"Happy" may have come out as part of the soundtrack to an American animated film, but since then it's become an international anthem. In the past few months alone, 110 countries have made more than 1,100 videos to celebrate the song. That's about 4,048 global minutes of happiness, each one crossing language barriers in a way few works of art can.
There's a reason songs like "Happy" become universal. You can't predict a smash hit, but there are certain things that make a song ready for the whole world. You don't need conservatory training to see that there are a few secret lyrical, musical and conceptual ingredients that almost always go into worldwide chart-toppers. Here are seven of the most frequently found:
Pharrell's "Happy" has found worldwide success in part because of an ace marketing campaign, which has it featured in both a hit film and an innovative 24-hour video.
But it's also burrowed its way into fans' ears with the constant repetition of its title phrase, which is sung more than 30 times on the song. Even if you don't speak English, it's hard to miss the point of "Happy." Pharrell is happy. Simple as that.
From Lady Gaga's "Poker Face" to Psy's "Gangnam Style," internationally renowned artists have used this same technique to spread their singles around the globe, wedging their songs' titles in everyone's heads for days by repeating them incessantly. On Gaga singles, the title routinely appears more than 20 times.
Whether it's a song about falling in love or breaking up, almost every global smash is addressed to another person. That's because everywhere in the world, music is a way to connect. It's a way to communicate.
On worldwide hits like Bruno Mars' "Grenade," lines like the (melodramatic and wonderful) "I'd jump in front of a train for you" helped it perform wildly on charts everywhere from New Zealand to Slovakia to South Korea. The same principle partially explains the iron grip of Taylor Swift's "We Are Never Ever Getting Back Together," too. In each case, the pop song gives the listener a way to speak.
Speaking of repetition, nothing conveys a song's lyrics to the audience better than a repeated, single-note melody.
Seriously, check out the verse to Robin Thicke's "Blurred Lines," or any Lady Gaga song for that matter. It helps that "Happy" is an indomitably catchy song. But songs like "Blurred Lines," which topped charts in Spain, the Netherlands and Poland, are catchy by virtue of their simplicity. That song's chorus is just a collection of phrases sung on different single notes ("good girl," "blurred lines"). Even if it weren't an insane groove, you'd have a pretty easy time remembering the song.
A true global hit has to make listeners around the world feel like part of the musical community. Often, songwriters invite that sort of feeling by backing up lead melodies with a chorus of voices. On K'naan's 2010 smash "Wavin' Flag," a powerful choir backs up the Somali-Canadian artist, kind of like a powerful chorus of vuvuzelas would back him up all World Cup long.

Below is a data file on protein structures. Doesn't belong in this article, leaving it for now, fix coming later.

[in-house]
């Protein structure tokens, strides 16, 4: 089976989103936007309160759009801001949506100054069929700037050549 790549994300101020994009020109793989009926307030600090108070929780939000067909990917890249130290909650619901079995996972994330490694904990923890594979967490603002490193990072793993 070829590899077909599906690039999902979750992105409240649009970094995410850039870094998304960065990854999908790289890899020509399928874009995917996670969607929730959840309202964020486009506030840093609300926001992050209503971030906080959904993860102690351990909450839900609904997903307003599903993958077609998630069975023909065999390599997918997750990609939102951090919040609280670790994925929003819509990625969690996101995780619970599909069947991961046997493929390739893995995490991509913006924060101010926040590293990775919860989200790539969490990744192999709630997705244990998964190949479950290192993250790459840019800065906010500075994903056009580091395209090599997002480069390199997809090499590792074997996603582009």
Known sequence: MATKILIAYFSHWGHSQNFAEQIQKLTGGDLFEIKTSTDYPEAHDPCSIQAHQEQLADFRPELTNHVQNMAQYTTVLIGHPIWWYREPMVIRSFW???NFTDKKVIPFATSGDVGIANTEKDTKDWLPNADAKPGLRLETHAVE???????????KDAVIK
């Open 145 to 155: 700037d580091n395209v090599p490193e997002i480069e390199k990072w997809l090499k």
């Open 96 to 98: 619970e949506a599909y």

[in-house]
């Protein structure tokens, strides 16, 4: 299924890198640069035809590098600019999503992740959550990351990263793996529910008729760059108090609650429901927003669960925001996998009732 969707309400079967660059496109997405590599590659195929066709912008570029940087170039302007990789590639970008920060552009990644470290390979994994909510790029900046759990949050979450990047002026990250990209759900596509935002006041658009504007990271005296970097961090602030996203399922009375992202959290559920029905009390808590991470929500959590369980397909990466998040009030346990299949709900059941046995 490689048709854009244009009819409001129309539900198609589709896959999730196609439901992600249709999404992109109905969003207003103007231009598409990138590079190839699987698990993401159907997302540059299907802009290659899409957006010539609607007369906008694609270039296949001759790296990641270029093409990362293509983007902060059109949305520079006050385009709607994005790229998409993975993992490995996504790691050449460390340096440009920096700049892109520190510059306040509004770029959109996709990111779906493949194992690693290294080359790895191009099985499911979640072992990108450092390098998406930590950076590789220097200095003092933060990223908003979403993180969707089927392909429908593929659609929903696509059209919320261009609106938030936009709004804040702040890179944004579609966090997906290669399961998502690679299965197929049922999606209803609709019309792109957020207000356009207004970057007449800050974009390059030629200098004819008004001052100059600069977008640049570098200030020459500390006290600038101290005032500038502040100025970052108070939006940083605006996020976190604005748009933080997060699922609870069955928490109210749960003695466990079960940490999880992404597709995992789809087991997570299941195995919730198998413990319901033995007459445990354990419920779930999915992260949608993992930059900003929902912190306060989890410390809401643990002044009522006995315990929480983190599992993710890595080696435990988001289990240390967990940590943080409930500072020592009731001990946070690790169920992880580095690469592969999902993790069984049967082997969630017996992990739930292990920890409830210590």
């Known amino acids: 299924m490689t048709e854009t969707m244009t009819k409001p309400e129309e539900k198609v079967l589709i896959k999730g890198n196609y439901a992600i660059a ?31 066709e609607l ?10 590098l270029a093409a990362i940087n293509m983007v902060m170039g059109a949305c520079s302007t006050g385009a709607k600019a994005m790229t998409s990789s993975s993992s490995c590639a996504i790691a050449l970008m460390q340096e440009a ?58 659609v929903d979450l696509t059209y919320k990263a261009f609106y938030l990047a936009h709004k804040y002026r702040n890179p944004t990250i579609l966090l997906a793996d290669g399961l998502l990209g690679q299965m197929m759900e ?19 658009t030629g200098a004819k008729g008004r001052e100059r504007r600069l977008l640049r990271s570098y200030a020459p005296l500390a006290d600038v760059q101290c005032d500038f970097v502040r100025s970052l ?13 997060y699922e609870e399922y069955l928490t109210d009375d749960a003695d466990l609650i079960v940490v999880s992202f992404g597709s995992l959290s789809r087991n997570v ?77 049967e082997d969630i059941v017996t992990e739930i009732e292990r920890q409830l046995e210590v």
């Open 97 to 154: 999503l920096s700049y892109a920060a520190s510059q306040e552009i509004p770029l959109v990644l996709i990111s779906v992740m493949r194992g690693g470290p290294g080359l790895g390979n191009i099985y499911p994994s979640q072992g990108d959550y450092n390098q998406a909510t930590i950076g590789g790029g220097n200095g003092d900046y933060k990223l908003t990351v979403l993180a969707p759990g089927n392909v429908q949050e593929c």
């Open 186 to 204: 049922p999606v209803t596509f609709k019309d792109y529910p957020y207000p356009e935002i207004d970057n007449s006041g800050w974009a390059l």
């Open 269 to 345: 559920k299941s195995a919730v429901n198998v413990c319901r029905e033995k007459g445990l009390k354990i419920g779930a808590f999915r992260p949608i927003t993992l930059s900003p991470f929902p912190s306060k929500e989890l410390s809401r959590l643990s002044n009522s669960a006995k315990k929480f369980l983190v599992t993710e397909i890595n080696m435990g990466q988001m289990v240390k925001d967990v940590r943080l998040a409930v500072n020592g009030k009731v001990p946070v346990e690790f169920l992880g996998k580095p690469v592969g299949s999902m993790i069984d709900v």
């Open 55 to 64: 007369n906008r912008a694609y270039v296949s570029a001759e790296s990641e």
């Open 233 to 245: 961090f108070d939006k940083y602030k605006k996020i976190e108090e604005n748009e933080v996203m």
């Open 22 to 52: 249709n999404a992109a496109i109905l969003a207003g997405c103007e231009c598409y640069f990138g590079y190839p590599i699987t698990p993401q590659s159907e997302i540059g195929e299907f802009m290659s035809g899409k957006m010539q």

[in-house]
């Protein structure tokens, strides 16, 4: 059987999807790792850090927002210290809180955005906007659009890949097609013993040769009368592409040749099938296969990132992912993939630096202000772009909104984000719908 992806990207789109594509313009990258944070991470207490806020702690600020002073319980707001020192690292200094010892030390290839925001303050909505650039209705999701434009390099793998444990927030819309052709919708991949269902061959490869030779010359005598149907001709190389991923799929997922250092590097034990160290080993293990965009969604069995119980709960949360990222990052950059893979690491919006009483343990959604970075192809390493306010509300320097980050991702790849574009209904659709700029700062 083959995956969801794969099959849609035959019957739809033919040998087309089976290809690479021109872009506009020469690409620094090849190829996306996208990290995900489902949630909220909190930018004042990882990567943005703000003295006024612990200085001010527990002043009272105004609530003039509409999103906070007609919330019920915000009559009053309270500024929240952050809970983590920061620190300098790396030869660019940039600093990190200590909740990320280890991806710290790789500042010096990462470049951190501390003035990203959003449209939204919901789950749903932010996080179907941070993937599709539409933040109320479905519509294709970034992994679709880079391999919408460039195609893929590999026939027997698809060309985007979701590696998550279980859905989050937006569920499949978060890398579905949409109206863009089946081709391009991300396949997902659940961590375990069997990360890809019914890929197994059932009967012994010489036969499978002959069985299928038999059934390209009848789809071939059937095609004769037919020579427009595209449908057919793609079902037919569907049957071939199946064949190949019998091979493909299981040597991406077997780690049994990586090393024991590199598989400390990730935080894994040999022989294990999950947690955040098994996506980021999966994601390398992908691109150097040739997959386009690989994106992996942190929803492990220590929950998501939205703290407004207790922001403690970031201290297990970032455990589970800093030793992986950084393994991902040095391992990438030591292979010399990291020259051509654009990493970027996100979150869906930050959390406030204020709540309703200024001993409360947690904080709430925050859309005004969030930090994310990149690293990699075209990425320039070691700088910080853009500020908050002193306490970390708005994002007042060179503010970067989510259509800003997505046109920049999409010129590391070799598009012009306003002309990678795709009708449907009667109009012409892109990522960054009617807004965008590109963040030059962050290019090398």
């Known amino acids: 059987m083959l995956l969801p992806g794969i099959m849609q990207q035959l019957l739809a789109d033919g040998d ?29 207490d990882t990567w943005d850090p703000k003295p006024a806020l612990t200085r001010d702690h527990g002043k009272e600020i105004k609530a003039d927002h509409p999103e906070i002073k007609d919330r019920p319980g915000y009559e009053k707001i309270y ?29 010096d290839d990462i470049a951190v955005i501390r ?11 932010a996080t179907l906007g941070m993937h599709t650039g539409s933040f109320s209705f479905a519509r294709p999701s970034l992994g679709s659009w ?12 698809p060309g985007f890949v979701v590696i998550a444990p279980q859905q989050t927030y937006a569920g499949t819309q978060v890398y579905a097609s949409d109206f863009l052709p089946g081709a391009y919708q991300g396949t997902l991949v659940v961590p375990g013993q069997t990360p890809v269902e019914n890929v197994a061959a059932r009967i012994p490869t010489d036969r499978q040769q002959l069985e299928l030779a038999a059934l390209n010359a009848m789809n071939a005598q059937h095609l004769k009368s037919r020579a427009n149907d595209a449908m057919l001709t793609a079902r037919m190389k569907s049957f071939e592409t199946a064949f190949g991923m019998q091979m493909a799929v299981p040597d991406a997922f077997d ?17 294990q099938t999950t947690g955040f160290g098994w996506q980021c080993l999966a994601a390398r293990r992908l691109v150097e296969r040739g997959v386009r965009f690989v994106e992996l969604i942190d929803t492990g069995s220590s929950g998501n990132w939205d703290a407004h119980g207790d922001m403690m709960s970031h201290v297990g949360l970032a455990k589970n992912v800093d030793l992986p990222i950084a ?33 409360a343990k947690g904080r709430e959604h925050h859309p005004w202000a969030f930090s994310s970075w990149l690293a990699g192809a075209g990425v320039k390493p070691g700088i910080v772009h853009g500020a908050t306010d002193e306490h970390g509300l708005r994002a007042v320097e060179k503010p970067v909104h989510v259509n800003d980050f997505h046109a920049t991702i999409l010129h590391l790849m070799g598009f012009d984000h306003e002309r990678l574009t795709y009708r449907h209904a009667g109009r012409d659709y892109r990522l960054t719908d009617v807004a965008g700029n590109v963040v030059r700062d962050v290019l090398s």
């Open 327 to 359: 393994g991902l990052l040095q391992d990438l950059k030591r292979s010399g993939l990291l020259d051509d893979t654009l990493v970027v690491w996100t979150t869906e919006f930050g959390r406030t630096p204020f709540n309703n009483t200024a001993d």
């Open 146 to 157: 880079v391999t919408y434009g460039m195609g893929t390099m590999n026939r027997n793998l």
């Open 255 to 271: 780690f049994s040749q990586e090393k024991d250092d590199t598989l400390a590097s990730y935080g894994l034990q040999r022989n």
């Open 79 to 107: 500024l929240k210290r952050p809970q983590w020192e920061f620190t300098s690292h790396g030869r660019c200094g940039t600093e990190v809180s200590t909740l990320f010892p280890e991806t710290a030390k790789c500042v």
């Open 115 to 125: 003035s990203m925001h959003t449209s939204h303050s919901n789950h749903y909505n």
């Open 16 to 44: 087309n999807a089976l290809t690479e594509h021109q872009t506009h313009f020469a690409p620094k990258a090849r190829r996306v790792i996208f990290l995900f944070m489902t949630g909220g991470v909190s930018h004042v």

From Pharrell's rich chorus on "Happy" (and "Blurred Lines," for that matter) to artists such as Macklemore & Ryan Lewis bringing in guests to deliver the most indelible part of a song, huge global hits succeed by making the music sound communal even before it's everywhere.
To be a truly global hit, a song has to break the language barrier. Many smash hits, like Pitbull's "Timber ft. Ke$ha" (top 10 in Croatia, Austria, Australia, Belgium, France, Lebanon, Israel, Thailand and Venezuela, among others), accomplish the task with the help of a strong wordless hook that uses a syllable like "ooh" or "oh."
If you've ever tried to get the post-chorus hook from Katy Perry's "Roar" out of your head, you know the technique works.
Music theory buffs will understand syncopation as a disruption of the beat, or a placement of things on the "off-beat." Pop music fans will understand syncopation as a call to the dance floor.
Syncopated tracks crackle with a simple energy that's easily understood anywhere in the world. The synths and drums on LMFAO's "Party Rock Anthem," which made it to No. 1 on four continents, are a strong example of this phenomenon. Check out, in particular, the synths behind the chorus. The skittery rhythms mean the song is constantly surprising you, keeping you literally on your toes.
Pharrell's other other global smash, Daft Punk's "Get Lucky," has been lighting up dance floors since it first dropped in April 2013. The song just never seems to get old. That's especially interesting when you consider that it cycles through the same four chords the whole time. Four minutes without any variation at all.
For the record, this is a list of countries where it hit No. 1 on one of the charts: Argentina, Australia, Austria, Belgium, Canada, Denmark, France, Germany, Greece, Hungary, Ireland, Israel, Italy, Japan, Lebanon, Luxembourg, Mexico (English chart), Norway, Poland, Romania, Scotland, South Korea, Spain, Sweden, Switzerland, England, the United States and Venezuela.
Even songs that have an even more pronounced verse-chorus structure, like Rihanna's "Diamonds," will often still stick to the same chord progression throughout, letting their melodies catch a listener's ear through slight variation. This harmonic consistency can help keep a song inviting and comfortable to get down to, even as the melody changes and robot voices intervene.
But if there's one other rule of global pop hits, it's that Pharrell is behind them. Because good lord.